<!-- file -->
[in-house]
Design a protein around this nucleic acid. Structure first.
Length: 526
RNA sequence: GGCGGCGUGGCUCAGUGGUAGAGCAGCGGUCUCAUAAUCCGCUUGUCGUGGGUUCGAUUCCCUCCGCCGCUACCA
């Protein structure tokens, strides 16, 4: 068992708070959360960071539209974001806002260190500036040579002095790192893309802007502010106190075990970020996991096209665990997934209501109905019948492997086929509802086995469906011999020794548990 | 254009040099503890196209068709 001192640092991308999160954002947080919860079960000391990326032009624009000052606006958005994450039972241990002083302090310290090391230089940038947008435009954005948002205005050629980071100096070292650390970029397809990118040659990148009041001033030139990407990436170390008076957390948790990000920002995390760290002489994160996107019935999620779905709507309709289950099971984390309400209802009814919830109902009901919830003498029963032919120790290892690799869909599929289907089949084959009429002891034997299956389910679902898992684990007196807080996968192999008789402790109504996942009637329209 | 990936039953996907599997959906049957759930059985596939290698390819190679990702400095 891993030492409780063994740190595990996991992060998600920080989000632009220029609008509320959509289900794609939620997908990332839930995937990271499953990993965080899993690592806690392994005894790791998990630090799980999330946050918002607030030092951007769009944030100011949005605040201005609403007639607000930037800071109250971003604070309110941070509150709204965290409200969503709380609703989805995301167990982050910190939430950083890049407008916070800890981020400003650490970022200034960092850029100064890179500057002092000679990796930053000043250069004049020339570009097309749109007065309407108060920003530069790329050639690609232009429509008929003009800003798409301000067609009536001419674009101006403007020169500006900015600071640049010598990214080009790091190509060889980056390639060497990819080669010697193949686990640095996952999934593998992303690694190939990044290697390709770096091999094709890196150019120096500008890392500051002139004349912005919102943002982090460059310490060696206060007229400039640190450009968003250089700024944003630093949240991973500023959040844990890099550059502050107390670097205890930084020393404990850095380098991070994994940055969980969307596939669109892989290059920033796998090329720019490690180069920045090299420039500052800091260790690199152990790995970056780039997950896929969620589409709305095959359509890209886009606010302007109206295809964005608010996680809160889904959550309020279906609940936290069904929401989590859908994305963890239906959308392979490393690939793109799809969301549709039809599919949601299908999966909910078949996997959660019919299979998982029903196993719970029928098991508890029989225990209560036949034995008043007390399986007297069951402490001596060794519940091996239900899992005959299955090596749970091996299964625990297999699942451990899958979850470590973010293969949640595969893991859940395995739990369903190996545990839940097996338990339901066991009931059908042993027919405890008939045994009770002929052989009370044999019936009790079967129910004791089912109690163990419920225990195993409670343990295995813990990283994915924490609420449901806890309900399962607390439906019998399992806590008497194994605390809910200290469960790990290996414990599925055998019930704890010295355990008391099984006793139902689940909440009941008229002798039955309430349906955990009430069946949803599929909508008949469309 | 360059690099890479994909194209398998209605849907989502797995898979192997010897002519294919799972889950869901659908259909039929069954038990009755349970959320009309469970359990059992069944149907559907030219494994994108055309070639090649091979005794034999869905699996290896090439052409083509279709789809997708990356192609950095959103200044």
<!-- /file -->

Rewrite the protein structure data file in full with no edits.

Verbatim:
[in-house]
Design a protein around this nucleic acid. Structure first.
Length: 526
RNA sequence: GGCGGCGUGGCUCAGUGGUAGAGCAGCGGUCUCAUAAUCCGCUUGUCGUGGGUUCGAUUCCCUCCGCCGCUACCA
């Protein structure tokens, strides 16, 4: 068992708070959360960071539209974001806002260190500036040579002095790192893309802007502010106190075990970020996991096209665990997934209501109905019948492997086929509802086995469906011999020794548990 | 254009040099503890196209068709 001192640092991308999160954002947080919860079960000391990326032009624009000052606006958005994450039972241990002083302090310290090391230089940038947008435009954005948002205005050629980071100096070292650390970029397809990118040659990148009041001033030139990407990436170390008076957390948790990000920002995390760290002489994160996107019935999620779905709507309709289950099971984390309400209802009814919830109902009901919830003498029963032919120790290892690799869909599929289907089949084959009429002891034997299956389910679902898992684990007196807080996968192999008789402790109504996942009637329209 | 990936039953996907599997959906049957759930059985596939290698390819190679990702400095 891993030492409780063994740190595990996991992060998600920080989000632009220029609008509320959509289900794609939620997908990332839930995937990271499953990993965080899993690592806690392994005894790791998990630090799980999330946050918002607030030092951007769009944030100011949005605040201005609403007639607000930037800071109250971003604070309110941070509150709204965290409200969503709380609703989805995301167990982050910190939430950083890049407008916070800890981020400003650490970022200034960092850029100064890179500057002092000679990796930053000043250069004049020339570009097309749109007065309407108060920003530069790329050639690609232009429509008929003009800003798409301000067609009536001419674009101006403007020169500006900015600071640049010598990214080009790091190509060889980056390639060497990819080669010697193949686990640095996952999934593998992303690694190939990044290697390709770096091999094709890196150019120096500008890392500051002139004349912005919102943002982090460059310490060696206060007229400039640190450009968003250089700024944003630093949240991973500023959040844990890099550059502050107390670097205890930084020393404990850095380098991070994994940055969980969307596939669109892989290059920033796998090329720019490690180069920045090299420039500052800091260790690199152990790995970056780039997950896929969620589409709305095959359509890209886009606010302007109206295809964005608010996680809160889904959550309020279906609940936290069904929401989590859908994305963890239906959308392979490393690939793109799809969301549709039809599919949601299908999966909910078949996997959660019919299979998982029903196993719970029928098991508890029989225990209560036949034995008043007390399986007297069951402490001596060794519940091996239900899992005959299955090596749970091996299964625990297999699942451990899958979850470590973010293969949640595969893991859940395995739990369903190996545990839940097996338990339901066991009931059908042993027919405890008939045994009770002929052989009370044999019936009790079967129910004791089912109690163990419920225990195993409670343990295995813990990283994915924490609420449901806890309900399962607390439906019998399992806590008497194994605390809910200290469960790990290996414990599925055998019930704890010295355990008391099984006793139902689940909440009941008229002798039955309430349906955990009430069946949803599929909508008949469309 | 360059690099890479994909194209398998209605849907989502797995898979192997010897002519294919799972889950869901659908259909039929069954038990009755349970959320009309469970359990059992069944149907559907030219494994994108055309070639090649091979005794034999869905699996290896090439052409083509279709789809997708990356192609950095959103200044």